After years of waiting, some false starts, and even more false hopes, it appears that the flow of advertising dollars to a large number of DOOH networks has begun in earnest. All signs point toward a significant influx in 1Q 2010. This follows on the heels of good activity in 4Q 2009, which was a bit of a surprise given the dismal environment in the first three quarters. This would seem to be great news for all network operators out there, right? Maybe so, but it also marks an inflection point with regard to how these networks go about managing their business. It is time to put down the ad sales shotgun, and pick up the rifle.
Many of the larger and more mature networks out there have a dedicated ad sales team working the major brands and agencies. That allows them to present a consistent pitch and rate card to potential buyers. Some, but not many, also have an outside agency working the street for them in tandem with the captive sales force. These folks understand the dangers of channel conflict, and do their best to avoid it. On the flip side, in an effort to grab any available ad dollars, many other networks have signed up multiple agencies and aggregators, conflicts be damned. This situation has become the norm, with network owners using the rationale that without an inside sales team, a “team” of agencies and aggregators makes sense. As we noted in October, that tactic has a limited shelf life. It is a topic worth revisiting, because it is important on many levels.
DOOH may be the only media channel where multiple agencies routinely represent the same property to ad buyers. It doesn’t happen in the traditional media, or on the web. It doesn’t happen because it does not make much sense to have it happen. Here’s why:
1. Media buyers don’t hide their intent to launch campaigns. In most cases, all players in the industry “see” the larger opportunities out there. Whether they capture them or not relates to how they position and price their offering(s). So having multiple agencies does not mean missing any big deals.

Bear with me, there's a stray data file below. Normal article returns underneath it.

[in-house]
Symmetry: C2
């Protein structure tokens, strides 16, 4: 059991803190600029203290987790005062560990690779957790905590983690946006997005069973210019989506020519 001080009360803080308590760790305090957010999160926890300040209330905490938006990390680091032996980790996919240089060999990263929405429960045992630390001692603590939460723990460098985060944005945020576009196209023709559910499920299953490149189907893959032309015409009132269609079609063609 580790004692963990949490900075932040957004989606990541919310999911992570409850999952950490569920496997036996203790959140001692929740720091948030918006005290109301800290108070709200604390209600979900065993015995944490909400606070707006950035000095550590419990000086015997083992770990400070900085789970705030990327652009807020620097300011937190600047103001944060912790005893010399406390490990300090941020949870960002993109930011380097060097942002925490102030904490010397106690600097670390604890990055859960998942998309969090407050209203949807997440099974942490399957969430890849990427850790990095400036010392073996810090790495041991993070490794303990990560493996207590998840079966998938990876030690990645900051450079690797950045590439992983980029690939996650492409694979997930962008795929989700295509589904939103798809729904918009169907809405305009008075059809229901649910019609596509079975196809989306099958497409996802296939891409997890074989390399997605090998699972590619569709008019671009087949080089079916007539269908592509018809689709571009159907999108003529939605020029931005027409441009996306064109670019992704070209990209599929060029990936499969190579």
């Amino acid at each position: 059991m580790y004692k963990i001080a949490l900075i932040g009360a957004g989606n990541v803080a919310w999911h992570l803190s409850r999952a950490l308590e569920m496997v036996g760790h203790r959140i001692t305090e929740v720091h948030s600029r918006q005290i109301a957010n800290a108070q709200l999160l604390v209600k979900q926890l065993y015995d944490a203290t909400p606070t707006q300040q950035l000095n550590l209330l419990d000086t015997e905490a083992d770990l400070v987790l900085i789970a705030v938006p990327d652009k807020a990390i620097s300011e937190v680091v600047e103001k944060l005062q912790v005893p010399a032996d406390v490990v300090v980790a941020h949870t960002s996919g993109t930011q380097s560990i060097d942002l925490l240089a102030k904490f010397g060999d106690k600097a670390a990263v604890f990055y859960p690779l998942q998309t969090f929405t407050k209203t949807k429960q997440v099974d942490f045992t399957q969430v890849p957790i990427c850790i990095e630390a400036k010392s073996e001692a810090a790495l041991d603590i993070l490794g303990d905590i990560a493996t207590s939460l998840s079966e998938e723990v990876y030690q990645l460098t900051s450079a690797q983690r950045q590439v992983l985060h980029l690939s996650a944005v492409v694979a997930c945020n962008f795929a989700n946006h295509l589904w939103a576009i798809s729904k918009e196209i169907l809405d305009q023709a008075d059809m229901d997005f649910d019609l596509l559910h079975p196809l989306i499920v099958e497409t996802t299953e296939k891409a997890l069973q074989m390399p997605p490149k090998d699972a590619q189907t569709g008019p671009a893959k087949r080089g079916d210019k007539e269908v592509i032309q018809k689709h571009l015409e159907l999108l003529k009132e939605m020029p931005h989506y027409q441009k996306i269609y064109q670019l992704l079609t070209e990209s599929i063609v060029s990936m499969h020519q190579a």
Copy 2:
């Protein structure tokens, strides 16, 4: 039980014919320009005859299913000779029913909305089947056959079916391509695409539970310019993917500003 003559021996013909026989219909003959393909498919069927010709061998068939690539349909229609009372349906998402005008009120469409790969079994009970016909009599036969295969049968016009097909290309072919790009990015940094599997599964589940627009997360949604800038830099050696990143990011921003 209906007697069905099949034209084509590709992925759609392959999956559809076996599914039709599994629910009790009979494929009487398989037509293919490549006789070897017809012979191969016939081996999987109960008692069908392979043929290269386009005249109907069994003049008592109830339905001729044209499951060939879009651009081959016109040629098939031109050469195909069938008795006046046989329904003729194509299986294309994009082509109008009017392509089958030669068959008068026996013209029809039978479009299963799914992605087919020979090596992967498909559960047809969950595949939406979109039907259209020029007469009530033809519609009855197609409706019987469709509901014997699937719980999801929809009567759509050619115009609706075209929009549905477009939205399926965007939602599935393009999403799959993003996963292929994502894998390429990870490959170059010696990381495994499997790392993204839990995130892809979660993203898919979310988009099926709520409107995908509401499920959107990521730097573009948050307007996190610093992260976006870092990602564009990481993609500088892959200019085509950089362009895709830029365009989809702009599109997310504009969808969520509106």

2. Having multiple selling agents only serves to confuse the buyers, and often results in different pitches, pricing, or terms. When this happens, buyers don’t know what to believe. With all the options open to them, they often opt for the less confusing route. We have already heard about this happening in DOOH.
3. Exclusive relationships force the agency to either perform or risk losing the account. Competitive pressure makes everyone better.
Digital signage networks are finally reaching the point where the viable properties are beginning to see consistent and growing demand for their ad inventory. At the same time, there is tremendous competition for those dollars both from other networks and from other media channels. To the extent that ad buyers are confused or irritated by mixed messages and repetitive pitches, they are quite likely to look elsewhere: in DOOH and beyond. Reality is that you will lose deals by having multiple outside reps. To make matters worse, because some ad sales agencies play games with pricing in an effort to differentiate… some selling at established rate card, some above, some below, you can bet that buyers who want a network in their campaign will force the buy through the low bidder. This only has the effect of driving overall CPM rates downward. And that carries over to other buys. You have enough competitors: it is not wise to add yourself to the list.